2008-11-06 - Pray for Us
1 Thess 5:25 Brethren, pray for us.
Paul believed in the power of prayer. He had born witness to the answer of prayer in his own life as the scales feel from his eyes at Ananias' prayer as the Lord commanded (Acts 9:17). To the church at Thessalonica Paul laid out a number of characteristics of christian life including a request that the church pray for him and his group of missionaries.
How many times in a day, week, month or year do we ask someone to pray with or for us?
This is becoming a clear indication of spiritual health to me. Now, I am not suggesting that asking someone to pray without cause just to run up the count, probably making a nuisance of ourselves in the process. However, in our self-reliant culture we often do not go to prayer until we have exhausted all other avenues or responses. That brings to mind the idea of being a noisy gong, or a clanging cymbal (1 Cor 13:1).
The hymn writer penned the words, "Oh what peace we often forfeit, Oh what needless pain we bear, All because we do not carry, Everything to God in prayer." (What a Friend We Have in Jesus; Joseph Scriven, 1820-1886 and Charles Converse, 1832-1918). As often as people I meet say they don't enjoy the old hymns I shake my head in wonder that they have obviously missed the lyrics full of insight and inspiration. I would add a line about the joys we have missed as well.
Prayer is fading as quickly as handwriting. We all type so much now that many are becoming more adept at the keyboard than they are with their own ability to write, not just neatly but legibly at all. May of us fumble in our prayers before God due to our own abandonment or near abandonment of the practice - and this to our own detriment. This should not be work or simple duty. We are meeting with someone Who cares about us more than we can comprehend. He has amazing things to share with us and teach us, and yet we do not have time for the appointment.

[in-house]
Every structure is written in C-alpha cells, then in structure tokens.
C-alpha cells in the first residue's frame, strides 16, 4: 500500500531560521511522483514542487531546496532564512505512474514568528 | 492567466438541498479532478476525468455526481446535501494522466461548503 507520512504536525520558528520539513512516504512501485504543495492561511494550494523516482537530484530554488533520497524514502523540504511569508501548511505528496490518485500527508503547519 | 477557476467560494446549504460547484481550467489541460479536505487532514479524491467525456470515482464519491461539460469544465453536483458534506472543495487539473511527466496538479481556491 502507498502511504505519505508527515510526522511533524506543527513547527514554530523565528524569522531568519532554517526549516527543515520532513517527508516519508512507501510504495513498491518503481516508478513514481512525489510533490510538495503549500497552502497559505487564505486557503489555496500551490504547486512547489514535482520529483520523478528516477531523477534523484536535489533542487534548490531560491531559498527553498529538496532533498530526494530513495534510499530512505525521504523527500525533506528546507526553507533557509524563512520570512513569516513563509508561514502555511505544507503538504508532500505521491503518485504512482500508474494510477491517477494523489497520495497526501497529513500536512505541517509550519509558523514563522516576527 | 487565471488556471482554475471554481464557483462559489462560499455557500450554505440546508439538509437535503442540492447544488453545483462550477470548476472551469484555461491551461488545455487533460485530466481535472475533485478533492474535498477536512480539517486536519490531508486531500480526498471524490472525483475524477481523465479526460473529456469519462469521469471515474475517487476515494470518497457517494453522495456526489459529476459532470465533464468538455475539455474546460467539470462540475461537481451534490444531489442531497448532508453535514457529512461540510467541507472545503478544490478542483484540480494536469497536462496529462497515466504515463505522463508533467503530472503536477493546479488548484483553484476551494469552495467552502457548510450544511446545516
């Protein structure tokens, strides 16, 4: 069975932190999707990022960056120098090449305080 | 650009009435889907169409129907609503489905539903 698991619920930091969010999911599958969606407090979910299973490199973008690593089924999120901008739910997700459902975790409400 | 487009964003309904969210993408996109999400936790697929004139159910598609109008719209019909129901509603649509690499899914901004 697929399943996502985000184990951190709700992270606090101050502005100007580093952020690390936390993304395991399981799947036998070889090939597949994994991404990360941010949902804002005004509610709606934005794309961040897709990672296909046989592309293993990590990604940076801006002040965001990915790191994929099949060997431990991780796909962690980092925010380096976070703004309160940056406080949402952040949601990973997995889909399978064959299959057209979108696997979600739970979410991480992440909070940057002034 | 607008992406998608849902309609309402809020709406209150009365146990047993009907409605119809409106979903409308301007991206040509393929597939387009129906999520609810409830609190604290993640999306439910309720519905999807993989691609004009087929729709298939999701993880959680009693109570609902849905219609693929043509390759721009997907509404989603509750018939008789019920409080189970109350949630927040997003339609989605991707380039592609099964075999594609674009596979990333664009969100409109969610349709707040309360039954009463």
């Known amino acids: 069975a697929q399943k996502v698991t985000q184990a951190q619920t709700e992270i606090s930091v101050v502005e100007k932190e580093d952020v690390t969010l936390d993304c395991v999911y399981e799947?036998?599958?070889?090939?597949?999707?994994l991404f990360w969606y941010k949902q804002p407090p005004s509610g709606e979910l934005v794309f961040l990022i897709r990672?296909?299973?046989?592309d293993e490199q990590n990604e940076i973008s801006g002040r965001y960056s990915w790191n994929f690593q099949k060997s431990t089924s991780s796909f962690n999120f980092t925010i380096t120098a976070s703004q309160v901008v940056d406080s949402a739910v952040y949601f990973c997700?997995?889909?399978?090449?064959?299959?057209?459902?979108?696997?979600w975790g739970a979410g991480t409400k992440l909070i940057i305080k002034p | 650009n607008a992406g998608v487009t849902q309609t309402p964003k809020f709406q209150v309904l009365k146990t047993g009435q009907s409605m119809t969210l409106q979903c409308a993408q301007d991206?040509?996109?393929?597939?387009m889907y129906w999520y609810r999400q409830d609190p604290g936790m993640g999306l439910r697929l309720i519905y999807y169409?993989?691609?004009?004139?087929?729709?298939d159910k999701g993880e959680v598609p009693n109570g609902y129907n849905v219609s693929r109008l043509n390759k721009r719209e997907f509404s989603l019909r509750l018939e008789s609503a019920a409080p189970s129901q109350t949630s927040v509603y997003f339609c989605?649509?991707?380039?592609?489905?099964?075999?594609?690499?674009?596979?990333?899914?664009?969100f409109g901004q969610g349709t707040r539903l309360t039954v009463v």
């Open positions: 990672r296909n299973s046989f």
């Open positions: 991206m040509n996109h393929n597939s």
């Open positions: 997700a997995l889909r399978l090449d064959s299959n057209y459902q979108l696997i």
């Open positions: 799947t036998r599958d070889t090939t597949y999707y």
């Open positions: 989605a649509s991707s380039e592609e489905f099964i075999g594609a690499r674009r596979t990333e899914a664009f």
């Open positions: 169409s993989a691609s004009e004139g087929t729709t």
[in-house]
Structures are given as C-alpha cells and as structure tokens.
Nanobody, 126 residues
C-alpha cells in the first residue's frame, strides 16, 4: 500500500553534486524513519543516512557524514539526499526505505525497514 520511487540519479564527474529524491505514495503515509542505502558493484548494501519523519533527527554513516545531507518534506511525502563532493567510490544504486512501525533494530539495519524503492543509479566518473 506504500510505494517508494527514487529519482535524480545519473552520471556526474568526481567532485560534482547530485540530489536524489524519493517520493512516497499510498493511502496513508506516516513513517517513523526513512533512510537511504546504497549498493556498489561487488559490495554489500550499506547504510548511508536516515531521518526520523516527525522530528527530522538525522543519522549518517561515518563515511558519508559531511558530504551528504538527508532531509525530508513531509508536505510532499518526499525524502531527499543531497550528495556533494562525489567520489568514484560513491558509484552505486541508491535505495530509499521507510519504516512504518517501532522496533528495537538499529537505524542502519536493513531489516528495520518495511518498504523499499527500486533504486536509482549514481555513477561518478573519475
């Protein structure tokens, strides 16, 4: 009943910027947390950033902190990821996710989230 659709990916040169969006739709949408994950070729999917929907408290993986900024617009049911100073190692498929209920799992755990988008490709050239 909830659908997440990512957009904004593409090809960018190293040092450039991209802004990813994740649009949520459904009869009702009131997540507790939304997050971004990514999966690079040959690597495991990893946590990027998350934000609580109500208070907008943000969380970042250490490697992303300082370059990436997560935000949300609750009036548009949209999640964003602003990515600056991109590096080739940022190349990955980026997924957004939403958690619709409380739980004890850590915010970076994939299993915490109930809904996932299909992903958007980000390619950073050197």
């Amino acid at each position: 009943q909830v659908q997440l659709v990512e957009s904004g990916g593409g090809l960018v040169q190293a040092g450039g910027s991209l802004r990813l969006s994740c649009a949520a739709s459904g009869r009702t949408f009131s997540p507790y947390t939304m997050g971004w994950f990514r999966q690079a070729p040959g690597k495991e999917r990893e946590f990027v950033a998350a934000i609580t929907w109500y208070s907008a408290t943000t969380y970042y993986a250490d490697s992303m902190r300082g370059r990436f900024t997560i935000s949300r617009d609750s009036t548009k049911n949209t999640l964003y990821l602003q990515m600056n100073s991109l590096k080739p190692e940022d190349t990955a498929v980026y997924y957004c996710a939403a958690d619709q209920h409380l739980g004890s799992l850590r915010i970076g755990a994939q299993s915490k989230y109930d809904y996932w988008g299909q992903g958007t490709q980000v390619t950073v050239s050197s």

Do we only go to prayer in our need, or when asked by someone else in their need?
Prayer for a friend or coworker in need is a perfectly valid cause to pray. But God does not want to only be a magic potion to solve our problems and have our relationship with Him live on the shelf. He loves us so much that He sent His beloved Son Jesus to die in our place. The goal in sending Jesus as the perfect sacrifice was to reopen the personal relationship between God and the individuals in the human race - including you and me.
We cram out days into our electronic calendars, and run from place to place often with purpose and careful planning, and also without asking God to order our steps. Why do we not go to the Lord much earlier, or even first before we begin whatever the endeavour we are starting?
This may be an odd thought. I wonder how many times God redirects our paths (Prov 3:5-7) through missed trains for flights, changed meeting times, etc. where He is trying to move us like a chess piece into someone's path and we immerse ourselves in prayer asking Him to correct what He has redirected frustrated at the change. We need to be open to His leading. Do we have things that we need to accomplish? Sure. My suggestion is that we be open to the idea that not all our scheduling problems are necessarily without purpose or a guiding hand .
Lord - Help us to be more mindful of You, Your presence and desire You have for a constant daily conversation with us in prayer throughout the day. Amen.
Grace & Peace,